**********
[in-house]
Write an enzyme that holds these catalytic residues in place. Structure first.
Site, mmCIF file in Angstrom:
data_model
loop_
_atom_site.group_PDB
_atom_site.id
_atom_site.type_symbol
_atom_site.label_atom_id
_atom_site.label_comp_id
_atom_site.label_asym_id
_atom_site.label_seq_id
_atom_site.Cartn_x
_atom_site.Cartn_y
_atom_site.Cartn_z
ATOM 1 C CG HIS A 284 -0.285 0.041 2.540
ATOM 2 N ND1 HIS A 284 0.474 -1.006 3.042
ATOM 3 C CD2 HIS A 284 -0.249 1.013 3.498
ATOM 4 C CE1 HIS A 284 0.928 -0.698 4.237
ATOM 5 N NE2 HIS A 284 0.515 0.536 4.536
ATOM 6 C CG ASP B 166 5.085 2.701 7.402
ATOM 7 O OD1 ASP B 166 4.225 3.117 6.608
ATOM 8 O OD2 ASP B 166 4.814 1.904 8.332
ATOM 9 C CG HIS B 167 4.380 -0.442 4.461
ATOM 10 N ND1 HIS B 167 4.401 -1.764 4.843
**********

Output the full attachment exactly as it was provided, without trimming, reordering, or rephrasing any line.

[in-house]
Write an enzyme that holds these catalytic residues in place. Structure first.
Site, mmCIF file in Angstrom:
data_model
loop_
_atom_site.group_PDB
_atom_site.id
_atom_site.type_symbol
_atom_site.label_atom_id
_atom_site.label_comp_id
_atom_site.label_asym_id
_atom_site.label_seq_id
_atom_site.Cartn_x
_atom_site.Cartn_y
_atom_site.Cartn_z
ATOM 1 C CG HIS A 284 -0.285 0.041 2.540
ATOM 2 N ND1 HIS A 284 0.474 -1.006 3.042
ATOM 3 C CD2 HIS A 284 -0.249 1.013 3.498
ATOM 4 C CE1 HIS A 284 0.928 -0.698 4.237
ATOM 5 N NE2 HIS A 284 0.515 0.536 4.536
ATOM 6 C CG ASP B 166 5.085 2.701 7.402
ATOM 7 O OD1 ASP B 166 4.225 3.117 6.608
ATOM 8 O OD2 ASP B 166 4.814 1.904 8.332
ATOM 9 C CG HIS B 167 4.380 -0.442 4.461
ATOM 10 N ND1 HIS B 167 4.401 -1.764 4.843